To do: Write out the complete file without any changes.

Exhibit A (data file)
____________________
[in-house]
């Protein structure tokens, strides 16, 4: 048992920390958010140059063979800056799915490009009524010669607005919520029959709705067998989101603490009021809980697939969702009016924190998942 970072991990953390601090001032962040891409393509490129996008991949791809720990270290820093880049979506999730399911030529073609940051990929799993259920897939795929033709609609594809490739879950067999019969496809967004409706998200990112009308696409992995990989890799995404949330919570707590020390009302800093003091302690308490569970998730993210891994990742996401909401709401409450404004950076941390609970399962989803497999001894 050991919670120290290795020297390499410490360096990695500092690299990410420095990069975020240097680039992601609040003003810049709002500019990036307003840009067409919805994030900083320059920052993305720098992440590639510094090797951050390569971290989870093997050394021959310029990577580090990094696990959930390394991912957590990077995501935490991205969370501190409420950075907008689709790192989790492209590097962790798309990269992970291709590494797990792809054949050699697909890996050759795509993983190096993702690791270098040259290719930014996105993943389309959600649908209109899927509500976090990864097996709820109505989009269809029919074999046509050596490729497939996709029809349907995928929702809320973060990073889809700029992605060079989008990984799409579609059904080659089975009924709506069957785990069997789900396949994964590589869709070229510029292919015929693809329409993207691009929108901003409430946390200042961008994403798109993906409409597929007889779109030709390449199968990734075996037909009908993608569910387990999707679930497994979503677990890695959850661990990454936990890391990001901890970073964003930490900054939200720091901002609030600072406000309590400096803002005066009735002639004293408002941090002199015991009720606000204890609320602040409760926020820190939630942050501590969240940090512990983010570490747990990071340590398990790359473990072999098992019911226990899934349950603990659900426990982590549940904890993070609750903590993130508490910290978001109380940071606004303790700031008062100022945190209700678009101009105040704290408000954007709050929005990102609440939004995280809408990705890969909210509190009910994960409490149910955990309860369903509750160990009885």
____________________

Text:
[in-house]
């Protein structure tokens, strides 16, 4: 048992920390958010140059063979800056799915490009009524010669607005919520029959709705067998989101603490009021809980697939969702009016924190998942 970072991990953390601090001032962040891409393509490129996008991949791809720990270290820093880049979506999730399911030529073609940051990929799993259920897939795929033709609609594809490739879950067999019969496809967004409706998200990112009308696409992995990989890799995404949330919570707590020390009302800093003091302690308490569970998730993210891994990742996401909401709401409450404004950076941390609970399962989803497999001894 050991919670120290290795020297390499410490360096990695500092690299990410420095990069975020240097680039992601609040003003810049709002500019990036307003840009067409919805994030900083320059920052993305720098992440590639510094090797951050390569971290989870093997050394021959310029990577580090990094696990959930390394991912957590990077995501935490991205969370501190409420950075907008689709790192989790492209590097962790798309990269992970291709590494797990792809054949050699697909890996050759795509993983190096993702690791270098040259290719930014996105993943389309959600649908209109899927509500976090990864097996709820109505989009269809029919074999046509050596490729497939996709029809349907995928929702809320973060990073889809700029992605060079989008990984799409579609059904080659089975009924709506069957785990069997789900396949994964590589869709070229510029292919015929693809329409993207691009929108901003409430946390200042961008994403798109993906409409597929007889779109030709390449199968990734075996037909009908993608569910387990999707679930497994979503677990890695959850661990990454936990890391990001901890970073964003930490900054939200720091901002609030600072406000309590400096803002005066009735002639004293408002941090002199015991009720606000204890609320602040409760926020820190939630942050501590969240940090512990983010570490747990990071340590398990790359473990072999098992019911226990899934349950603990659900426990982590549940904890993070609750903590993130508490910290978001109380940071606004303790700031008062100022945190209700678009101009105040704290408000954007709050929005990102609440939004995280809408990705890969909210509190009910994960409490149910955990309860369903509750160990009885």